Because 1976 Kong wasn’t quite scary enough, the fine folks at the Ben Cooper Company just had to release this little number. OK, I know you’re probably thinking, this isn’t so bad? I’ll admit, this is a more personal thing for myself, as 76 Kong traumatized the crap out of me when I was a kid. Aside from the freaky mask, the smock is wonderfully designed with Kong in battle atop the World Trade Center. Which just reminds me of the gory as hell ending from the Dino De Laurentiis production. I got my big girl panties on. Bring on the jokes.

 

Hairy & Scary

hairy and scary

Image via Pinterest

The Hairy & Scary line of Cooper masks add a little extra edge and while all variants of the curly-headed mask are sufficiently frightening on their own, THIS gorilla mask races to the front of the line with the creep factor. Although if you’re asking me, the mask looks more like its channeling the Zuni doll from Trilogy of Terror. Which is why I felt like I would be doing a disservice to readers if I didn’t mention this sucker.

 

The Chattermouth Cooper Variant

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Image via Etsy

The highly recognizable Chattermouth Ben Cooper line that disables those muffled voices inside the plastic masks, and stepping up the game with a moveable jawline. Productive? Yes. Less horrifying? Not even a little bit.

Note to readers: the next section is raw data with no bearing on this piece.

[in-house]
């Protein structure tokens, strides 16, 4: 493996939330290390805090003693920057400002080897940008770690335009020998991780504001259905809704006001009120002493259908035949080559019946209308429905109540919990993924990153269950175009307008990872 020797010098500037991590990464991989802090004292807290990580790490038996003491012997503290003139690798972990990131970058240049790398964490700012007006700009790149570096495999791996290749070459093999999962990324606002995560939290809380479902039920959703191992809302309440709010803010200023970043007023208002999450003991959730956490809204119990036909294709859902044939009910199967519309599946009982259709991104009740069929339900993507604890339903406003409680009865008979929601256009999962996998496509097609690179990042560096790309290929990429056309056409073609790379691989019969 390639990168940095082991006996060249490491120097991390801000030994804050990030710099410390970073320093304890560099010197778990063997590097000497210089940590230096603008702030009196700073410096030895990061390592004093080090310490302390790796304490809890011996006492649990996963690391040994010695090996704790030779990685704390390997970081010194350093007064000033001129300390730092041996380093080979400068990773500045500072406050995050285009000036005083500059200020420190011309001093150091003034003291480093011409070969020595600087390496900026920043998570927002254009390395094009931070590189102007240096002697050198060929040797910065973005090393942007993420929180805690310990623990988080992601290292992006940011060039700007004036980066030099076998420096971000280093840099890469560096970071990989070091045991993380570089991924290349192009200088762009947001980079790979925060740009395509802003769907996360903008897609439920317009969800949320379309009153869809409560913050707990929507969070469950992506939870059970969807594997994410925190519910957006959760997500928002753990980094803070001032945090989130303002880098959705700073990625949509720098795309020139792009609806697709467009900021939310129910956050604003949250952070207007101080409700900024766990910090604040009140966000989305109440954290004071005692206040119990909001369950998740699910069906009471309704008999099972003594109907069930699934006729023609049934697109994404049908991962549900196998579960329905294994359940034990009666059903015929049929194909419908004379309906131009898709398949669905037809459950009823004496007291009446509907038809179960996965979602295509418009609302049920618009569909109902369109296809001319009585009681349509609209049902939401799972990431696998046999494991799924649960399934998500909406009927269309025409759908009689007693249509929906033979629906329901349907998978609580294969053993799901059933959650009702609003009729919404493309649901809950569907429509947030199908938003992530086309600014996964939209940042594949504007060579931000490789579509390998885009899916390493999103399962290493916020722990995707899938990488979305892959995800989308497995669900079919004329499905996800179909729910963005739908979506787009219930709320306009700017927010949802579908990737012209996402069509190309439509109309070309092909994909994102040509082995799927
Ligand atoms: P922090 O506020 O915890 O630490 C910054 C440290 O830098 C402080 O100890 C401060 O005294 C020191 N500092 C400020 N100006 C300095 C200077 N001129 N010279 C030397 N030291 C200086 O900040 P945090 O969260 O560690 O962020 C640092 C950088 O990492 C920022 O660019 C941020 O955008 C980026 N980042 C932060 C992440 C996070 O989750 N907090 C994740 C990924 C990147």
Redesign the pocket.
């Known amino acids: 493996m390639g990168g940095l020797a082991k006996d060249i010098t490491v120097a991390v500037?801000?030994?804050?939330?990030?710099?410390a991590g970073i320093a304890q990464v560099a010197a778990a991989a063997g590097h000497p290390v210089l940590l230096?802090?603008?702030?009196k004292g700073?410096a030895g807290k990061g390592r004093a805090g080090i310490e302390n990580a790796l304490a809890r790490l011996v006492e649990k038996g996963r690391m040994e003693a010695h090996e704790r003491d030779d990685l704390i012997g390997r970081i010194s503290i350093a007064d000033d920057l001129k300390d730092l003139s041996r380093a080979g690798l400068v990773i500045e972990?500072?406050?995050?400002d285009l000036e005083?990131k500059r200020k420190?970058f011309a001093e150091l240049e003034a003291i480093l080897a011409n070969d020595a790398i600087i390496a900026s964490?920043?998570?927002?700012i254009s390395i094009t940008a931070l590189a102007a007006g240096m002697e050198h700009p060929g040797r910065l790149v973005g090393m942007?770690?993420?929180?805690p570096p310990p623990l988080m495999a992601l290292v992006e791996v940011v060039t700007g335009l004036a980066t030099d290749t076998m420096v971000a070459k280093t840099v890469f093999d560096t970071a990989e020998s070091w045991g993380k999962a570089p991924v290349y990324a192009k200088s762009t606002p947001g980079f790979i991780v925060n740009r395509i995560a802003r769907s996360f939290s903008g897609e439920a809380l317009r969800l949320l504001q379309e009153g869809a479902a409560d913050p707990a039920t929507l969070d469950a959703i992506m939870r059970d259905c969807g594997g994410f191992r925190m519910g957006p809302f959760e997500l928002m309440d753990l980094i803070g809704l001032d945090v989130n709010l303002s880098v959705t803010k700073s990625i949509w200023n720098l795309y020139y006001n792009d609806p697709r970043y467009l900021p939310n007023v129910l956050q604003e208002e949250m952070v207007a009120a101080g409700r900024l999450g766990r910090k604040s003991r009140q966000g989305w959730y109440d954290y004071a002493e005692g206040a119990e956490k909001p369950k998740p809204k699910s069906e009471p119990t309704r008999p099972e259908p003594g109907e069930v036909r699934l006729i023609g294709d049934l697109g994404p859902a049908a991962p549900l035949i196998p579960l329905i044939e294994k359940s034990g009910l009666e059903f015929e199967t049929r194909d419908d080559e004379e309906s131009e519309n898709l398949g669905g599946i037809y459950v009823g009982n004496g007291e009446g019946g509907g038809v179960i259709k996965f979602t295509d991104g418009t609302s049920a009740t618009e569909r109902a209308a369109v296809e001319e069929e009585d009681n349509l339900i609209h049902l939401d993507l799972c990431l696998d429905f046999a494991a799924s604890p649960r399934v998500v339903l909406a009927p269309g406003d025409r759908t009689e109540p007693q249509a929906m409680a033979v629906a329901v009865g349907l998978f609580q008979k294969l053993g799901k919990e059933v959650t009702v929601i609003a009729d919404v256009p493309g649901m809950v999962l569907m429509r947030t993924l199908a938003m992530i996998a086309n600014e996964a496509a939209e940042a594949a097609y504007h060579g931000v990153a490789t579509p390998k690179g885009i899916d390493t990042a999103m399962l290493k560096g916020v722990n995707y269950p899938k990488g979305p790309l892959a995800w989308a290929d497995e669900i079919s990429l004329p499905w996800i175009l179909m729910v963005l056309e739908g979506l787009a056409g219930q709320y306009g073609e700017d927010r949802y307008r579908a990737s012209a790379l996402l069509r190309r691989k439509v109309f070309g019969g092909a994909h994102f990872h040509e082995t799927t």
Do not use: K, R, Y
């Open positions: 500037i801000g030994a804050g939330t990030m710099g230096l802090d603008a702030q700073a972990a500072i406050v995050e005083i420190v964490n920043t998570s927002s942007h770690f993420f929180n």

Phantom of the Opera

phantom

Image via Pinterest

The 1964 Phantom Ben Cooper mask looks more like Leatherface than a Phantom, but maybe that’s why it’s so damn scary. The acidic burns on both sides of the face rather than just the one, gives this version of the Phantom in the Ben Cooper universe a slight edge, even if it’s not what we’re accustomed to seeing. I like that ballsy move. You have to respect that.

 

Hobo with a Bowtie

hobo

Image via Etsy

Clearly, the Ben Cooper Hobo is modeled after the infamous melancholy hobo clown Emmett Kelly. If I’m wrong, there’s a hell of a resemblance going on there. Either way, you can’t argue the unnerving facial structure.
The smell of colorful plastic under your nostrils and vinyl smocks ensured that the “High Priest of Halloween” company dominated the scene of Samhain in not just the ‘70s and ‘80s, but for over 50 glorious years until the company’s fold in the early ‘90s. However, a recent exclusive with the son of the “Halston of Halloween” himself Ira J. Cooper over at Bloody Disgusting revealed that the company are in the early stages of a relaunch of the popular brand, giving us fans of what we deem, a true Halloween national treasure some hope for a return of some all-time favorites.

Is there a particular Cooper mask or costume that you feel should be included? Let’s discuss some creeptastic retro Halloween fuzzies below!